raph at mankin.org.uk
Tue Sep 10 08:50:16 BST 2013
On Mon, 2013-09-09 at 23:07 +0100, D Perrett wrote:
> I suspect this is the sort of problem where no solution will give you
> consistently unremarkable results if in the long run there are any
> unspoken requirements like 'students shouldn't be able to game the
> system by lying about their preferences'.
Indeed, there are generally many 'optimal', least cost, solutions.
> Leaving that aside, a naive (computationally expensive) solution would
> be to take all the combinations of assigning students to courses, rule
> out the impossible, compute the 'optimability', and sort. That would
> be vast, you'd start by creating an array of length @courses **
> @students (more when you include the 'two courses' rule).
This approach has exponential complexity. Definitely infeasible.
> A better option (memorywise) might be to write a function that takes a
> list of students and assigns them one by one, measuring the accrued
> dissatisfaction as it goes. Where possible, it assigns people to where
> they want to be. It rejects a solution if it finds at any point a) it
> has empty classes and no students remaining; b) it has students
> remaining, but no acceptable place to put them (e.g. if none of
> choices 1-5 are present), or an unacceptable level of dissatisfaction
> has been reached (e.g. it's already exceeded the dissatisfaction of
> its best-case scenario so far). If a solution is rejected, it
> backtracks to the last decision it made, and makes a different
> decision. It will stop after either a) reaching a perfect solution (or
> an acceptable solution, if you can come up with a tolerable score), or
> b) running out of solutions. This would still be the same number of
> end-solutions, and getting to each solution would be slower, but it
> might not break trying to find an acceptable solution.
This is an informal description of what is done in several of the
> Another option that comes to mind is randomly allocating them all,
> ensuring required conditions are filled, then iterate over the
> students, probably starting with the most dissatisfied to begin with.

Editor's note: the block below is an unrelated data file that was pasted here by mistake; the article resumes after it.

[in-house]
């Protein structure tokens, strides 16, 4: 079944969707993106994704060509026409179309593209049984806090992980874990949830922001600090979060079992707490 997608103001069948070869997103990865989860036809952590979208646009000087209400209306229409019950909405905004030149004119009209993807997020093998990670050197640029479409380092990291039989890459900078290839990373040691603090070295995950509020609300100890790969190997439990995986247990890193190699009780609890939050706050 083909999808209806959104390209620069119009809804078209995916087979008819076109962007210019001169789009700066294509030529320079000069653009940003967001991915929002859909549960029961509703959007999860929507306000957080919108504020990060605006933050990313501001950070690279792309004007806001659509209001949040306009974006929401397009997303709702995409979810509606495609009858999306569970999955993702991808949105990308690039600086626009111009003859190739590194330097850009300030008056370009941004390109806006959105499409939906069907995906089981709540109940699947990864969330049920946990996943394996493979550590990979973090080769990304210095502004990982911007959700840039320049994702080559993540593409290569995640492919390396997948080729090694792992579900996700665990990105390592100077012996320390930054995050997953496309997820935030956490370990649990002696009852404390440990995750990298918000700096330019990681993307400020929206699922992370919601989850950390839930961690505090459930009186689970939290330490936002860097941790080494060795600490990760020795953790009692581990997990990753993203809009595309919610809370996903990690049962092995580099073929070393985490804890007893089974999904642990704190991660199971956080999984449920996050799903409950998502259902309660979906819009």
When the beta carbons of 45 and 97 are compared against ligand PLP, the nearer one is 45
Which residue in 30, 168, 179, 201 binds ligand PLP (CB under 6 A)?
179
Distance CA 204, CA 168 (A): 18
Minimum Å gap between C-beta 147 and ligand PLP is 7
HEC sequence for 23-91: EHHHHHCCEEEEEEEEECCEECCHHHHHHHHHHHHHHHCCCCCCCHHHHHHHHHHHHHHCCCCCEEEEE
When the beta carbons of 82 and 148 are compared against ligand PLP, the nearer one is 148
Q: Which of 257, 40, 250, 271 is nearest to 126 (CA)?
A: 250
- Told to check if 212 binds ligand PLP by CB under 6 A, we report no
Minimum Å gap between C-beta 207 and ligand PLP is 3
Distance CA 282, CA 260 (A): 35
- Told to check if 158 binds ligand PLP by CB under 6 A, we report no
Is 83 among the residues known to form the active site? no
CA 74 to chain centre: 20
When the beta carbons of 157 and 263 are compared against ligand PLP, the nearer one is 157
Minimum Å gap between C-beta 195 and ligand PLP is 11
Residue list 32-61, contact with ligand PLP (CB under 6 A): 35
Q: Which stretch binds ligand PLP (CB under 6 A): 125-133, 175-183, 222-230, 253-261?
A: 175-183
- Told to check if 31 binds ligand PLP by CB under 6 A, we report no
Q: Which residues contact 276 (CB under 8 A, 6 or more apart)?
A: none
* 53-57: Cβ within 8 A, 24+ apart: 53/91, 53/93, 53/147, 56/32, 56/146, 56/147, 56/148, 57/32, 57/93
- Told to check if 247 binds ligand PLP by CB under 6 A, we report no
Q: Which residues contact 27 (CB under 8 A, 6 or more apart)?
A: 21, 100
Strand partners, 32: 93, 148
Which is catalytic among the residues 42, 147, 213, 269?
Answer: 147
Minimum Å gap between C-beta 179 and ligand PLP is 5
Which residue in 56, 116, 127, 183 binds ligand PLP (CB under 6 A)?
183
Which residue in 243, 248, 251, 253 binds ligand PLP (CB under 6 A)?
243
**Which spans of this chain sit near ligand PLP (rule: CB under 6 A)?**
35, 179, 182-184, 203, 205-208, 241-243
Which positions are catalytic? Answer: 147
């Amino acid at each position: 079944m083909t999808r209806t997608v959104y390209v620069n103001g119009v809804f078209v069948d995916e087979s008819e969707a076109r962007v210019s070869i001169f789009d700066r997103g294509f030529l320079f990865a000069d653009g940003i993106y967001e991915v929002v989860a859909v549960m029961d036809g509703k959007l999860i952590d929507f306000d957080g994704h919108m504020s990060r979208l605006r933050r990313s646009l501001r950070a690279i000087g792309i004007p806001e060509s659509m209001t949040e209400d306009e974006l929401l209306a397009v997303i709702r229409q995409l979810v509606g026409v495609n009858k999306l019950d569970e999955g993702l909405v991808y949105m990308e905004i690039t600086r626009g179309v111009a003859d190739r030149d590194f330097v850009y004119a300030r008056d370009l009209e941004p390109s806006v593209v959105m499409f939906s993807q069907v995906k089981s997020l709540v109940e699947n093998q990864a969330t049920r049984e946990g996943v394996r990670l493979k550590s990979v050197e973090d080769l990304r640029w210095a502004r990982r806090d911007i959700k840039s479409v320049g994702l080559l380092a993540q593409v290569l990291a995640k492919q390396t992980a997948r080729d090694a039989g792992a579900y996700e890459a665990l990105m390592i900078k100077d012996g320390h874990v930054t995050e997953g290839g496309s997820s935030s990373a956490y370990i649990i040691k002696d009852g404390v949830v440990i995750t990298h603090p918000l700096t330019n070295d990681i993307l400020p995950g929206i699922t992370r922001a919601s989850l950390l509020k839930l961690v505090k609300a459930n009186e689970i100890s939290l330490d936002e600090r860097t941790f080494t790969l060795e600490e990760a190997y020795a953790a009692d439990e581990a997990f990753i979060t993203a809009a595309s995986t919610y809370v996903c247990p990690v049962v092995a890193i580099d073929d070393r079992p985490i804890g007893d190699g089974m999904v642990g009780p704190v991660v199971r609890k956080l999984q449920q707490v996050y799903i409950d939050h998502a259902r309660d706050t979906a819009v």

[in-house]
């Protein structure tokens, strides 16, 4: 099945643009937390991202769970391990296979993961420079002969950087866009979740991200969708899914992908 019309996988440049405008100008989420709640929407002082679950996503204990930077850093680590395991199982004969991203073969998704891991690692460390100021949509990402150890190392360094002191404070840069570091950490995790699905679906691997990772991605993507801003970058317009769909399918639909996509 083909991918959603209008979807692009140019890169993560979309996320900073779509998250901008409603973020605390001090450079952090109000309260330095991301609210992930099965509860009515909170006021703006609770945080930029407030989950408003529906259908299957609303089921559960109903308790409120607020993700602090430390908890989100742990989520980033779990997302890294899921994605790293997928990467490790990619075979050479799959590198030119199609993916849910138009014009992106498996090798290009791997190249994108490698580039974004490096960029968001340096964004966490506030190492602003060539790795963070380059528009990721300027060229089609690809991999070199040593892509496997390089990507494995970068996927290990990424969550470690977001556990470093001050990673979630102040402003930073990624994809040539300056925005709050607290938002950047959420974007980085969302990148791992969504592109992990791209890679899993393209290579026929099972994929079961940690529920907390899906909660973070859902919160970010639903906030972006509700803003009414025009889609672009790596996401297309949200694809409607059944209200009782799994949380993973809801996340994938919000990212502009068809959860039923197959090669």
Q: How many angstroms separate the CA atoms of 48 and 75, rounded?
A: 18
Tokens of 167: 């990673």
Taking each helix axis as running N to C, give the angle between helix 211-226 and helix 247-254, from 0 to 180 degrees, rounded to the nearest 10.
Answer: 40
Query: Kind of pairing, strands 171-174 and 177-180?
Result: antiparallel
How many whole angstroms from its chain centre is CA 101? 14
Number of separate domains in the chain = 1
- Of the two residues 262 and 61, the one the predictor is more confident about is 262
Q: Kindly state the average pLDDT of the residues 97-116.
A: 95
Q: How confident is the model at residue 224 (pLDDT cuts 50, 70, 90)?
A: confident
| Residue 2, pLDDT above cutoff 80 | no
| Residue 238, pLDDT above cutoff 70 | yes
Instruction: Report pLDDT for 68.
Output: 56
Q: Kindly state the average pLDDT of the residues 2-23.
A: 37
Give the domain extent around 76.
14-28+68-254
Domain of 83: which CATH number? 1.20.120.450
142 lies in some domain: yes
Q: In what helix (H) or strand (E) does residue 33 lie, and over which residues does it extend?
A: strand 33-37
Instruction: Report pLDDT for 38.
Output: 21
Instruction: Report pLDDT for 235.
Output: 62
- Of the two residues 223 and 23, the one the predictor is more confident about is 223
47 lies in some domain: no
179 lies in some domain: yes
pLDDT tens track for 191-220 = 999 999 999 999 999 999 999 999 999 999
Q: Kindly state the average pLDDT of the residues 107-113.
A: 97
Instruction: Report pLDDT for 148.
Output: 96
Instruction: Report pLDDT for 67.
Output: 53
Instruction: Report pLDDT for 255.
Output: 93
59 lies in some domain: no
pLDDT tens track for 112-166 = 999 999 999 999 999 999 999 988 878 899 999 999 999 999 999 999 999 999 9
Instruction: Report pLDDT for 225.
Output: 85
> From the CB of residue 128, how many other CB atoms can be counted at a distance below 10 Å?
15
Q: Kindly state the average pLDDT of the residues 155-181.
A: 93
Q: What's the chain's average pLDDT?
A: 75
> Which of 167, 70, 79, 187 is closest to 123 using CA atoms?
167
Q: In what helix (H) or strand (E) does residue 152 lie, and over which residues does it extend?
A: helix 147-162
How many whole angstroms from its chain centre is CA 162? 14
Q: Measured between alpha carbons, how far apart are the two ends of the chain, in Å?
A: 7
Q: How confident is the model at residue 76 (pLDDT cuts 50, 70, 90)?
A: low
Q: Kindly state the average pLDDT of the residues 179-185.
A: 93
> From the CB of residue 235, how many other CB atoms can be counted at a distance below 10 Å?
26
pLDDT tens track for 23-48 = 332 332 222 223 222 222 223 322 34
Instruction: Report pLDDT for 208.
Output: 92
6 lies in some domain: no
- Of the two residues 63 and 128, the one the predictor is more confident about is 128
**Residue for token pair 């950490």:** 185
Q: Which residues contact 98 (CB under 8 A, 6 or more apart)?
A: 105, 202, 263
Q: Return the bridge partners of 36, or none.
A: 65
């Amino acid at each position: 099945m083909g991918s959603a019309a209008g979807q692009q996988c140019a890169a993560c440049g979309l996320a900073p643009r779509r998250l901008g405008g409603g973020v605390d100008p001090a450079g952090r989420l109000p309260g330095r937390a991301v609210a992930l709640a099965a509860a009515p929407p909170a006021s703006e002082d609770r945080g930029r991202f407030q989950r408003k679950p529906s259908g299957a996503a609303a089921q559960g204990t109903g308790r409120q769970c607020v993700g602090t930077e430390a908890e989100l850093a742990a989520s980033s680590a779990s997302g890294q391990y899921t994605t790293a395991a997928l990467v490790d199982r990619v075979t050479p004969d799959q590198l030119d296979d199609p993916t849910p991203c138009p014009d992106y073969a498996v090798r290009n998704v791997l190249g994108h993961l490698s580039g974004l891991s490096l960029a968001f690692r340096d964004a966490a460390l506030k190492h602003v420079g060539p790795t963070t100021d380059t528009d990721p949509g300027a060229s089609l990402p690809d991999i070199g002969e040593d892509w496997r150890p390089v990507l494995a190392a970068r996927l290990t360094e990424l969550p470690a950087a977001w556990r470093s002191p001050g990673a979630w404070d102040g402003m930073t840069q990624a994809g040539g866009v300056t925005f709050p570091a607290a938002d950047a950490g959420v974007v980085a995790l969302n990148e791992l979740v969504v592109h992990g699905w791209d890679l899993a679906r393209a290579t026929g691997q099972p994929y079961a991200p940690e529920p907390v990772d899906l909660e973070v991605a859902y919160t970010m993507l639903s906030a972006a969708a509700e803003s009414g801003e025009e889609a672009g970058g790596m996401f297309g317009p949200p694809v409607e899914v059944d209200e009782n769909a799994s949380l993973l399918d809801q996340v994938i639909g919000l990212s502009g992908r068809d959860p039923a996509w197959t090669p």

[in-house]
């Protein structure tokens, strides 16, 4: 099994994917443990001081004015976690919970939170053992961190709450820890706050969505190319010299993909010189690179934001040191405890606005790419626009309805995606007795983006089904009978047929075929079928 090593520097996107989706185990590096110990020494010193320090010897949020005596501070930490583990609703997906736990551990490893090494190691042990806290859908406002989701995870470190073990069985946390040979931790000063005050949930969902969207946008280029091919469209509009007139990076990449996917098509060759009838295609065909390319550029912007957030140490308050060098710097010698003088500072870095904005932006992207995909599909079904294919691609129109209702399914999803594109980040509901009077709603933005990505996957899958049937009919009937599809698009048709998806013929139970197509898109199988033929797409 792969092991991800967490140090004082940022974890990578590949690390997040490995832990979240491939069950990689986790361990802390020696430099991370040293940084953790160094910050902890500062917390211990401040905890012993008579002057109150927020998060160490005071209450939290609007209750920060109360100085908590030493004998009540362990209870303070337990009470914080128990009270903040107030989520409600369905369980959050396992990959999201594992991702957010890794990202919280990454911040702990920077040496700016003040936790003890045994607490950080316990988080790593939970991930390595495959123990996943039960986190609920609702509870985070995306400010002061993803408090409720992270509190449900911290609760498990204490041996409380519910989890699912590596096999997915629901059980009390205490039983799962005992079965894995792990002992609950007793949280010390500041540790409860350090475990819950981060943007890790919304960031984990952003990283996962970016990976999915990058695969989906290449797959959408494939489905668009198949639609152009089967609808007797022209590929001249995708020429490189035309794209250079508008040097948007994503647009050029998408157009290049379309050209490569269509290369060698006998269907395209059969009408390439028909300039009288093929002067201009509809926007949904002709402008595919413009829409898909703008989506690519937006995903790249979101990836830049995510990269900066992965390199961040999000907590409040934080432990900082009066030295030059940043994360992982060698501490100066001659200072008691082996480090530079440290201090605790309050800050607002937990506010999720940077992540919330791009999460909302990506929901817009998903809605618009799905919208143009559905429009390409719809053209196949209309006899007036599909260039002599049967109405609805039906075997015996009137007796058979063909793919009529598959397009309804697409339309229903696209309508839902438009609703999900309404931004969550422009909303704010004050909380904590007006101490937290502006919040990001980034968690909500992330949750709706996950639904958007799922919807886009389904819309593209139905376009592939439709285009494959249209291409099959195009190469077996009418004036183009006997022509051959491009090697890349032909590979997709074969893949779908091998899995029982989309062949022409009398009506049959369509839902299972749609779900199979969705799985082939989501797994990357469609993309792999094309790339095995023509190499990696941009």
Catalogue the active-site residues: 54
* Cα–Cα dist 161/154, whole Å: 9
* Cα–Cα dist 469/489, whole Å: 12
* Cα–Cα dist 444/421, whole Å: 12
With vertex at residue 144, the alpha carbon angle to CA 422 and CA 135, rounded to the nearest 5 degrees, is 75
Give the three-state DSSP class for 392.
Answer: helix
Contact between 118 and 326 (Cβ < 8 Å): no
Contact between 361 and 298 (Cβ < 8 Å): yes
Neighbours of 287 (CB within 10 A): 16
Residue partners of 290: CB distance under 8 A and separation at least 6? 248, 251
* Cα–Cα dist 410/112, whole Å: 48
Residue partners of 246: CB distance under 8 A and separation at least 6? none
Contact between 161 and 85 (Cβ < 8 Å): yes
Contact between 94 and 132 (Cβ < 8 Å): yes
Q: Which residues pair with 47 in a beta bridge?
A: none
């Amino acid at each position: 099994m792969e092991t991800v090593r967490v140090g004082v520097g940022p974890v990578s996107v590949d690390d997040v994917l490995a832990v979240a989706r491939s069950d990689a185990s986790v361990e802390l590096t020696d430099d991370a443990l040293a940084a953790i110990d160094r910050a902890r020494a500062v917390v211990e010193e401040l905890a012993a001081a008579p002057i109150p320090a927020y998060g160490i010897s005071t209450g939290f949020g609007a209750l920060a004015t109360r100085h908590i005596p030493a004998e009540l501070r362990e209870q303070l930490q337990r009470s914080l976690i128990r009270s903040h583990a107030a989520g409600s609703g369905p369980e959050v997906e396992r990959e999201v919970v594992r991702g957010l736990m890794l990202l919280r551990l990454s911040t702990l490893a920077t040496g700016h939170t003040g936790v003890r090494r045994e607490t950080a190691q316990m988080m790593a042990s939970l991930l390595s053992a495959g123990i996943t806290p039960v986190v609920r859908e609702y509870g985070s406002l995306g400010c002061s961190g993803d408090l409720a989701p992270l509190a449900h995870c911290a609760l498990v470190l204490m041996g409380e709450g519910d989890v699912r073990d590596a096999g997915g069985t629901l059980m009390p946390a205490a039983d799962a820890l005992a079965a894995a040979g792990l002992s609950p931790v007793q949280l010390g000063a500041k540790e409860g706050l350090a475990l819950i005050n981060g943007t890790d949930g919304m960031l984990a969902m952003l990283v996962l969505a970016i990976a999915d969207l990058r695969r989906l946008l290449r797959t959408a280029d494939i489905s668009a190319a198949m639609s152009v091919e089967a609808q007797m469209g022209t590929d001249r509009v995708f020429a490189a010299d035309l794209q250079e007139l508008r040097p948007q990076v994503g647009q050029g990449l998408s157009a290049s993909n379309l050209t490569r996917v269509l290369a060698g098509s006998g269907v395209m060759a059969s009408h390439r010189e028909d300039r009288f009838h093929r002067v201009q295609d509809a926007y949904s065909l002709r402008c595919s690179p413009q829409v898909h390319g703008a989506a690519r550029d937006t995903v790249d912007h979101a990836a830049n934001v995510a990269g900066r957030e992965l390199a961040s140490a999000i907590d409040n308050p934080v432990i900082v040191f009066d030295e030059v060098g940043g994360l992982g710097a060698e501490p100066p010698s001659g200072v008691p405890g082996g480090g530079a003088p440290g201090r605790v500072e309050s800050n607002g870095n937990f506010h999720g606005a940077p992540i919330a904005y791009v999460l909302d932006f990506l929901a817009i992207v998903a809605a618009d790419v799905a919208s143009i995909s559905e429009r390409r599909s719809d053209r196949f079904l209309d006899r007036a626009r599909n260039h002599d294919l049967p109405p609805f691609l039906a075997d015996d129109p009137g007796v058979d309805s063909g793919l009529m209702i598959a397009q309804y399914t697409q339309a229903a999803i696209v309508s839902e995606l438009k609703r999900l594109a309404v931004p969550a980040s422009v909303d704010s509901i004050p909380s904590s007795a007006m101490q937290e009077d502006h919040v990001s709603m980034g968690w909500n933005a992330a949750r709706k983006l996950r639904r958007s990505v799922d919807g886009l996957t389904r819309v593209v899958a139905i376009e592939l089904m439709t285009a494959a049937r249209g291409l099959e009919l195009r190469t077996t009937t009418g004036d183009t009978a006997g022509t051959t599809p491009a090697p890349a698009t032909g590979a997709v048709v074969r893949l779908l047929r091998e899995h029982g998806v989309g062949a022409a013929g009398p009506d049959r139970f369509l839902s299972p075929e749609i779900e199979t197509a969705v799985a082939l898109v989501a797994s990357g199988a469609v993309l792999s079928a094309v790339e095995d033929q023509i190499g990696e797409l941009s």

> Where students are free to move without breaking required conditions,
> they should move to the class they prefer. Otherwise, they should look
> for trades (starting in their most preferred class). The trade need
> not be mutually beneficial, but it should benefit the overall score.
> Keep iterating over them all until things stabilise. Try this a few
> times with different random starting points and see if and how the
> score improves.
Synthetic annealing. It works, but it is slow. OTOH if the optimisation
function has many minima it can often find a better solution than other
> You could also try pulling some good results from the backtracker and
> using them as bases for the trading mechanism.
> I think the two courses rule is a complication that can be partially
> by giving the most dissatisfied in the first course the first choice
> in the second course. Although really, we should be optimising for
> satisfaction across both courses simultaneously. which is still
> possible if you're using the backtracker method - you keep going with
> each solution, oonce you've allocated students in the first, you start
> allocating students to the second (dissatisfied first) until you've
> got a dissatisfaction figure for the two courses combined or until you
> need to backtrack back into the first course.
I don't know of any good techniques for the 'successive assignment'
problem. It was a problem I tried to handle many years ago when
assigning a smallish (~100) pool of engineers to a large (several k)
pool of repair jobs. In the end, we just did it one iteration at a time:
as each engineer reported in at the end of his current job we computed a